The Instigator
AlanTiany
Pro (for)
The Contender
FreshMeat12
Con (against)

(I'm new) Objective morality MUST exist.

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Voting Style: Open Point System: 7 Point
Started: 4/30/2017 Category: Religion
Updated: 1 year ago Status: Debating Period
Viewed: 376 times Debate No: 102304
Debate Rounds (4)
Comments (9)
Votes (0)

 

AlanTiany

Pro

1) Atheists say we as a society collectively determine our morals. And that they can sometimes change or evolve. So what happens if the larger majority of our collective society decide tomorrow that rape is morally acceptable because it propagates reproduction and therefore our species will grow and be stronger? Obviously this is hypothetical but I'm saying this to say that your, the atheists explanation is totally arbitrary.

2) Atheists always sound like they are evolutionists. But the foundation of the evolutionary theory is that "nature selects the strongest and the weak don't survive" so according to this worldview Hitler was right in trying to exterminate the Jews because he perceived that his race was the strongest and it is therefore his evolutionary prerogative to weed out the weak.
That's the one of the foundational principles of evolution but yet you are not saying that when it comes to morality. Instead you say that nurturing and caring for the weak is how the species survive? Sounds a bit contradictory to me.

3) Atheists often quote Professor Larry Arnhart, he says that morality is basically social norms :

> "Evolution has produced the requisites for morality: a tendency to develop social norms and enforce them, the capacities of empathy and sympathy, mutual aid and a sense of fairness, the mechanisms of conflict resolution, and so on. Evolution has also produced the unalterable needs and desires of our species: the need of the young for care, a desire for high status, the need to belong to a group, and so forth." (Arnhart)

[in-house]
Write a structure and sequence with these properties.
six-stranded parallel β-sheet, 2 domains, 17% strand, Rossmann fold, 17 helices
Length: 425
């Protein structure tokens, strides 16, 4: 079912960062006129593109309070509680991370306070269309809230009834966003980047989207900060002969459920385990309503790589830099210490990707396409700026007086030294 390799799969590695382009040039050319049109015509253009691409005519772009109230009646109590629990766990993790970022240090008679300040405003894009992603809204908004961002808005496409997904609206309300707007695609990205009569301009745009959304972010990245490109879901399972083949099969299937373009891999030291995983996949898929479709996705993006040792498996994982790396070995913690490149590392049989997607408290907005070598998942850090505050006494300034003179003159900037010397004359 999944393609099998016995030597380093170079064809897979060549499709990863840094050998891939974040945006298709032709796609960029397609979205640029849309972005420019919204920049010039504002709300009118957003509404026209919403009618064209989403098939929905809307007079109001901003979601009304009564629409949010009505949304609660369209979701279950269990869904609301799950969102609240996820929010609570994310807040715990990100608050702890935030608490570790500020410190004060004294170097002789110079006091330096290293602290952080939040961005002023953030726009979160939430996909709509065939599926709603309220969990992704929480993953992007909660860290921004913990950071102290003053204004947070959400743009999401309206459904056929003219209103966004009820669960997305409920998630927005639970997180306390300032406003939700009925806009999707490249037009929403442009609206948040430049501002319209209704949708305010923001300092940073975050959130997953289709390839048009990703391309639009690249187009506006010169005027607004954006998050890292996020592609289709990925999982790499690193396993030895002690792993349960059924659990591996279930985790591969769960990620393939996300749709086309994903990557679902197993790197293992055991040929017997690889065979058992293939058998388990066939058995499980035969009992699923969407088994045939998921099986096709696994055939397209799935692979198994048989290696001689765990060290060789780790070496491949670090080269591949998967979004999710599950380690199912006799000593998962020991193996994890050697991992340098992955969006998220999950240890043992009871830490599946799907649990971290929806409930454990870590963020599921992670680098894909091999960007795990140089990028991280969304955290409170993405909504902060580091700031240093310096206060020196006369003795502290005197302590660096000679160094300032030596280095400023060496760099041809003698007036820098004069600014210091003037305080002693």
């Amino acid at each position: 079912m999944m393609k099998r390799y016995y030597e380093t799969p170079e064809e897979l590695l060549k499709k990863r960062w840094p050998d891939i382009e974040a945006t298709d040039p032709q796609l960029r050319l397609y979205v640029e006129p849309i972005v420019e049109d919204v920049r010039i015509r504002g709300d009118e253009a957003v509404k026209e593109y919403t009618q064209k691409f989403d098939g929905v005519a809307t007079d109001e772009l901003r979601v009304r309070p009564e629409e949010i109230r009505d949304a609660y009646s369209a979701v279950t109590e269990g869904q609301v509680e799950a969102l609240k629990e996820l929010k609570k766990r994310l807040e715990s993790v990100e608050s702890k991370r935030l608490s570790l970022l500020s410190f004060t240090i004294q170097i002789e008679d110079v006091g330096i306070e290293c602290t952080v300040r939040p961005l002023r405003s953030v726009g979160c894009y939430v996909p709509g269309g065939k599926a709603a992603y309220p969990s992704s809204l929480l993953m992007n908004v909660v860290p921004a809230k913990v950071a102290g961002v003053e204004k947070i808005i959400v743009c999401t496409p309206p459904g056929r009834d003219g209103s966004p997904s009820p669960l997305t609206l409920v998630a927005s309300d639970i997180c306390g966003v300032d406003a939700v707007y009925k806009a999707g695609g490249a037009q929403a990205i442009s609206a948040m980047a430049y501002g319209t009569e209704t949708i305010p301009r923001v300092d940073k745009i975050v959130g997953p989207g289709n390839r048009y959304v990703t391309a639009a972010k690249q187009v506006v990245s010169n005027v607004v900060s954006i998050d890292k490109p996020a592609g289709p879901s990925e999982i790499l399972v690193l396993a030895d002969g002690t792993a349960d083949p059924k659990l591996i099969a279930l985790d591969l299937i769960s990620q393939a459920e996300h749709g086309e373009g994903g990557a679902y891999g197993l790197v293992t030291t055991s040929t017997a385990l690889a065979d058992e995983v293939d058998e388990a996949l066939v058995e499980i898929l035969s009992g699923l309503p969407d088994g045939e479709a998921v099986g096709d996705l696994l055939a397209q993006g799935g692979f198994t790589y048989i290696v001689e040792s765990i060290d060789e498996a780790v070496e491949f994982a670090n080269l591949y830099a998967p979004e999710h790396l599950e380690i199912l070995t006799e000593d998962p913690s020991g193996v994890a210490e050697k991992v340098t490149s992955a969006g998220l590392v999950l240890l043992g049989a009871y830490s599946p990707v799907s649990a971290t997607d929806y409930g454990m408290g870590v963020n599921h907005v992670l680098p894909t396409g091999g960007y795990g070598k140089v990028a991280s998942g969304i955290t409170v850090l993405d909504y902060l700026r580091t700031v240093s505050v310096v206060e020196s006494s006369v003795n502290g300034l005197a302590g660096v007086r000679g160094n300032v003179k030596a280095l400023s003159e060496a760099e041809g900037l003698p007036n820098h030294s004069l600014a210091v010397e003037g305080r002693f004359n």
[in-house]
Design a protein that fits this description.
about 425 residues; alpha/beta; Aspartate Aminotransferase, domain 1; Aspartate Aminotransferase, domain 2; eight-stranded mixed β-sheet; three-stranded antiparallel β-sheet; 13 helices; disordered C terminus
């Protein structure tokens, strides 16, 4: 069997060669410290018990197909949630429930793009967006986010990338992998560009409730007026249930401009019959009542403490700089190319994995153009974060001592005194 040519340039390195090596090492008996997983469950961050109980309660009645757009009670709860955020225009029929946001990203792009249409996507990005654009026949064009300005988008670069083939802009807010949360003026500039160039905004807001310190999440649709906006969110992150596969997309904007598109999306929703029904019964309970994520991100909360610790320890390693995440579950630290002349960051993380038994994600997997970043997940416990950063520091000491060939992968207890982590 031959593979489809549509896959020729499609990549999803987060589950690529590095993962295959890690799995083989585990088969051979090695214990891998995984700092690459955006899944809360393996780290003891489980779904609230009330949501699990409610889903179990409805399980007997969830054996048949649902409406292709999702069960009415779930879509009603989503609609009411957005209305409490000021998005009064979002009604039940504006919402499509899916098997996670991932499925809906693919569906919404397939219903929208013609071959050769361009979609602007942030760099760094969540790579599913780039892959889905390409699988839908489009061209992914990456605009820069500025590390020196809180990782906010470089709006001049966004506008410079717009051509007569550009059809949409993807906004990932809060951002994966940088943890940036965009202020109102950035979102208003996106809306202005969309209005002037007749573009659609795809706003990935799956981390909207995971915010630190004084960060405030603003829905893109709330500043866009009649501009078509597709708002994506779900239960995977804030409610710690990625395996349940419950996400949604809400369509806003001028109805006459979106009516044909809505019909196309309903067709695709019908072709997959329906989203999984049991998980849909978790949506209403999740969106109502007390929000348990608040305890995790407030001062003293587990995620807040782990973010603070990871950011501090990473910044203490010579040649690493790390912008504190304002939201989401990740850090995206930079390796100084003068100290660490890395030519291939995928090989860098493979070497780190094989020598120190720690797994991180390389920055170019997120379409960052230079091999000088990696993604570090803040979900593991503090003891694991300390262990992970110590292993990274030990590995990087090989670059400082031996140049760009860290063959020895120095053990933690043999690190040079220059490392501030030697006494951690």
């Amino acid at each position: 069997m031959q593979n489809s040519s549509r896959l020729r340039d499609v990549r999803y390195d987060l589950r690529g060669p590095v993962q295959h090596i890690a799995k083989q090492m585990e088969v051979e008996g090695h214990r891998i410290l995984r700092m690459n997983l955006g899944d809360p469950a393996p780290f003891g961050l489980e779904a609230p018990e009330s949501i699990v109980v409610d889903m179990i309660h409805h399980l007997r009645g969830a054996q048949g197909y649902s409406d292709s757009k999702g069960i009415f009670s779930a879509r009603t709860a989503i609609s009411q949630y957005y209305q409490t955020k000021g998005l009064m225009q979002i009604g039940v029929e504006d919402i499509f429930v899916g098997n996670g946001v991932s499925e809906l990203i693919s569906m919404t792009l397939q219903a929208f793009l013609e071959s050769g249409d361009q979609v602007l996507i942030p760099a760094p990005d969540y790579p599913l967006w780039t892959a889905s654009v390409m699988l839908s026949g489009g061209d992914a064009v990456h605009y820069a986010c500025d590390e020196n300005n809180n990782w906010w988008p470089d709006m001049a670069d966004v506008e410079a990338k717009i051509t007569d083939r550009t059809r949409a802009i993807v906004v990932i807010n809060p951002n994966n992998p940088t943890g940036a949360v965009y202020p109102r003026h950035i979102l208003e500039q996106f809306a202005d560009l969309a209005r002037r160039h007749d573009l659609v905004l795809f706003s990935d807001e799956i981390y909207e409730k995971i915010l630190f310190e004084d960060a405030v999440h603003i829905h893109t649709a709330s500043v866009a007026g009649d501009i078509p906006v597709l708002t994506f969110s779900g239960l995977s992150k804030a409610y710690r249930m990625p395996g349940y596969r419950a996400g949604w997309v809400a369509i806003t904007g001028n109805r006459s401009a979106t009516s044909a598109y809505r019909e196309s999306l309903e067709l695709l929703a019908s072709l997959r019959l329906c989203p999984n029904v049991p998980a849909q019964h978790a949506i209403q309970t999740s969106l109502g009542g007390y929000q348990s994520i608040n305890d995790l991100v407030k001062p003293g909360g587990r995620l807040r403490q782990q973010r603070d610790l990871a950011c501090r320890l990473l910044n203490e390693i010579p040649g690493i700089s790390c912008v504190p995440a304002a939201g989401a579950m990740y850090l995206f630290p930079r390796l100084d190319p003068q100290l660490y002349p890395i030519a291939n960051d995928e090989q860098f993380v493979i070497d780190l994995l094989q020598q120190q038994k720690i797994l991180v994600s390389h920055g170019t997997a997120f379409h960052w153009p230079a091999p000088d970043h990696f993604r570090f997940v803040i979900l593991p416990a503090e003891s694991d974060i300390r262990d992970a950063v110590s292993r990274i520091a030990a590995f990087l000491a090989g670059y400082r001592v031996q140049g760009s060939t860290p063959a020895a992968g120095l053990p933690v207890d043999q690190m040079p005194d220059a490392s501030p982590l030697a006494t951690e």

But some societies have norms that we would find deplorable. Cultures that still practice female mutilation, child sacrifice, and child rape. We would condemn that as evil but certain cultures see these behaviors as acceptable. My question to you would be who's right? Us or them? It sounds like according to your belief system if it's a social norm and culturally acceptable then it's ok?

What I'm getting at is:
A) Morality cannot just be a chemical reaction in our brain because if that were the case then we couldn't condemn any act of evil as wrong seeing that the perpetrator was just following a chemical reaction in his or her brain.

and

B) Morality cannot be just a set of social norms because there are cultures and societies with different norms. How do we know who ultimately has the "right" norm?

Solution:

See in the Christian Biblical worldview that answer is easy. Which norm is closer to Gods nature? That's the one that is ultimately right. How do we know Gods nature? We are created in his image so it is innate in us but not through evolution. Evolution if examined internally has no need for morality. Cats kill mice all the time without being condemned because that's what the stronger species is supposed to do on an evolutionary worldview.

And to be clear I never stated that you had to believe in the God of the Bible in order to behave morally. But what I said was the God of the Bible has to exist in order for us to account for objective moral values. Without the Christian God all we would have is subjective morality. You make the rules. Do as you see fit. Or as your chemical brain reaction tells you to behave. But we could not live that way.

Atheist and evolutionist alike depend on the Christian worldview to make sense of morality cogently. Without the Christian Biblical God one can only arbitrarily account for morality wit conjecture and personal opinion.
FreshMeat12

Con

I decided to take this debate because pro's actual points don't seem to be arguing for the existence of objective morals, but rather, that atheists cannot account for it. I disagree.

I'd like to define what is good as, "what brings happiness and reduced harm". To this, Pro might respond "why ought we try to reduce harm?" To this, I respond that I'm simply defining good as what reduces harm, in the same way that pro defines good as what is consistent with God's nature.

Now I will go through pro's points.

1. I agree with con on this point. I don't think that we can get a standard of morality by saying whatever the cultural norm is can be considered right.

2. Most atheists are evolutionists, but most atheists are not social darwinists. Evolution is simply the theory that we evolved from a common ancestor though mutation and natural selection. It does not state that we ought to kill the weak so the strong may live on. Darwinism is not a moral system.